Im a Nigerian female who lived in Poland in the 80's as the daughter of a diplomat and a university student. That was a different ball game being black during the socialist era.

My experiences have not stopped me from falling in love with the country, the culture, the respect and warm family bond you get especially in the rural areas. As an expat, there are many other people to socialise with. The country has attracted many foreign companies so there are many other expats to meet. You will enjoy the cafes, restaurants in Warsaw, the beautiful picturesque nature of the rural areas, the mountains of the Tatry. It does pay though to bond with the Poles as they are very hospitable. Even the drunk ones.

Day to day life might be a bit boring until you get a decent job. You may end up teaching english like most people. Id advise you to register in a language school in poland for a very intensive course. Thats the easiest way to learn.

I live in UK now but I have a family of polish friends here and I visit Poland every year.
McCoy 27 | 1,275  
14 Jan 2009 /  #21
Nigerian female

Thank you. Glad to read such a words of kindness. You should register on PF and share with us more of your expiriences.
OP ianaus 8 | 20  
15 Jan 2009 /  #22
I live in UK now but I have a family of polish friends here and I visit Poland every year.

Ah yeah, I have kinda thought about going back into teaching. I was a schoolteacher in the UK for a number of years. I do not have a TEFL certificate but I do have a teaching degree. But to be honest, my own knowledge of the English language is not particularly good. Like I can speak, read and write good English, but explain to somebody why you say something like this and not like that etc, well that is another story. I should probably stick with the things I am good at.

Thank you to much to everyone who has been responding.
Harry  
15 Jan 2009 /  #23
Perhaps you should:
a) Not go to Tychy, it's a s--hole at the best of times. Go to one of the larger and nicer cities. Life is a hell of a lot better here! The girlfriend can easily transfer to a different uni. If you're moving to a different country to be with her, the least she can do is move to a city where you'd enjoy life.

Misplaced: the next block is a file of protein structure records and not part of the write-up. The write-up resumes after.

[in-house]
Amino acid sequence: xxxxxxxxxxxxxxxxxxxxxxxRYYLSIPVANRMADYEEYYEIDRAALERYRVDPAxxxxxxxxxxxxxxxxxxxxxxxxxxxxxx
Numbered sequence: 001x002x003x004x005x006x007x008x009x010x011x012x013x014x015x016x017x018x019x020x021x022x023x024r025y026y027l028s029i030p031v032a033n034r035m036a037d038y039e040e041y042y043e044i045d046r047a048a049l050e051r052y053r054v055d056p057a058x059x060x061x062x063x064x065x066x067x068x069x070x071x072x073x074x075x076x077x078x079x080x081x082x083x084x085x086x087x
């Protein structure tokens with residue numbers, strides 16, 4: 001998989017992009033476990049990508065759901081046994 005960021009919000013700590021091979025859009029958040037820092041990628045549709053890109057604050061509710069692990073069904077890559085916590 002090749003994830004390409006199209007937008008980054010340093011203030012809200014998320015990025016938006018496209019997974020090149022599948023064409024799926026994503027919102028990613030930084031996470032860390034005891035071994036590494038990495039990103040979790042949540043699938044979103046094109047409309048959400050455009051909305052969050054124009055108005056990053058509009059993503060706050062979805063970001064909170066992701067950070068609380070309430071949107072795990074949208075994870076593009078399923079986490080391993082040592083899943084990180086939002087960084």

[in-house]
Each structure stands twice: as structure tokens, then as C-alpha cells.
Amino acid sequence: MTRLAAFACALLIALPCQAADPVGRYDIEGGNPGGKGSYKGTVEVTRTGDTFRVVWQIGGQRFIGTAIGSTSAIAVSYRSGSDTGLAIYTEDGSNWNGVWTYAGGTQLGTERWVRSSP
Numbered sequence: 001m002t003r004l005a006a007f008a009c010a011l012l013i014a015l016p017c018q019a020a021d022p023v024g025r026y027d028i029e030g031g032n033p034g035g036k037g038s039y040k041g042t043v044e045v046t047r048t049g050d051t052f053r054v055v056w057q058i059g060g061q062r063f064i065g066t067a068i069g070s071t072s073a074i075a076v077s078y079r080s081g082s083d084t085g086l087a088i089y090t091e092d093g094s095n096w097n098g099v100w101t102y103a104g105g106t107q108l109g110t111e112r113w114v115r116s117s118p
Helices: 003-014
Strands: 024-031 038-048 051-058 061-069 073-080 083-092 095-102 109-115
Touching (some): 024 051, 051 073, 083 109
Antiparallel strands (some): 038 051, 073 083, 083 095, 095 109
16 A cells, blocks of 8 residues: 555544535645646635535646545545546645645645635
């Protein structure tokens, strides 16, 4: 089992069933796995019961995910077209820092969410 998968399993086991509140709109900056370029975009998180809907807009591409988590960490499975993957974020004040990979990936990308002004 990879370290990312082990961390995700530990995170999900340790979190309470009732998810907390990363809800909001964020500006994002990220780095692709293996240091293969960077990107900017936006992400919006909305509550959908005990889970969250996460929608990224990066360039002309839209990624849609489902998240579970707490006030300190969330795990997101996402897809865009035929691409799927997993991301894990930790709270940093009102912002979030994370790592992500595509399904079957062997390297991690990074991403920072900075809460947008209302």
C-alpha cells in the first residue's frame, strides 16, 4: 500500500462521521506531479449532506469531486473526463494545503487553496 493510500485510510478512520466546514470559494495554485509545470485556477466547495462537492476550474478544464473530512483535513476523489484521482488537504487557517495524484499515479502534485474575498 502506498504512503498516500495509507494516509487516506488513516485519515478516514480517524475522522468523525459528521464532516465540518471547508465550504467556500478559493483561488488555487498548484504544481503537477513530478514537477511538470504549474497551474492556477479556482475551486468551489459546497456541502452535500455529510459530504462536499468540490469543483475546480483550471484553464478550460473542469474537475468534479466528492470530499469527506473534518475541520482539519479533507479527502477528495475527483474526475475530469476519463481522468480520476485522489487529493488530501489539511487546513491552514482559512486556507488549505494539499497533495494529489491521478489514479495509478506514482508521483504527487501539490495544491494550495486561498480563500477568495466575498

b) Do some conversation classes for an EFL school, just to get you out of the flat and meet some people.
c) Not go to Tychy. There are worse places in Poland (much much worse) but there are also places that are far far better.
benszymanski 8 | 465  
15 Jan 2009 /  #24
but explain to somebody why you say something like this and not like that etc

Yes but that's exactly what they teach you on the TEFL course. You can even do online ones if you don't mind starting at the screen for 40 hours...
Harry  
15 Jan 2009 /  #25
You can even do online ones if you don't mind starting at the screen for 40 hours...

You can't do an online one which will be taken seriously by anybody!
benszymanski 8 | 465  
15 Jan 2009 /  #26
Depends. In somewhere like Krakow or Warsaw I guess you are right. Where I live in the countryside where there are no native speakers then they don't care.

However as the OP is already a teacher and just wants to learn about English grammar etc.. then I was just suggesting it as an option.
Harry  
16 Jan 2009 /  #27
Depends. In somewhere like Krakow or Warsaw I guess you are right. Where I live in the countryside where there are no native speakers then they don't care.

What I meant was that the schools which will employ a teacher solely on the strength of an online course will also employ a teacher with no qualifications at all.
stellaf - | 1  
17 Jan 2009 /  #28
Hi,

I am Stella and I am new in Poland and I really likeit.
Seanus 15 | 19,706  
17 Jan 2009 /  #29
Osioł, you had a great point about Tesco. I was angry today because they had 2 cashiers closed which were for up to 10 items. The point is, they only have 2. That was the whole point of me going to Tesco today, to pick up 9 or 10 things, my fiancee doing likewise, and getting out of there. I hate the queing there. I was very close to saying, 'jeszcze bliżej, co?'. I moved away from the til area for a while, leaving my fiancee there. She was apparently harassed when I was away by this old hag.

Those fuckers are over the hill, what have they got to hurry for? What's so important that they can ignore civility?
Misty 5 | 144  
17 Jan 2009 /  #30
The trick to dealing with people who harass you at the checkout queue is to go even slower than they already think you are. Take ages put things down on the counter and packing your bag and then take ages finding the right amount of cash or right card and then packing your change/card away and collecting your bags together. You'll annoy them even more if you drop your card or something and then take your time in picking it up. :)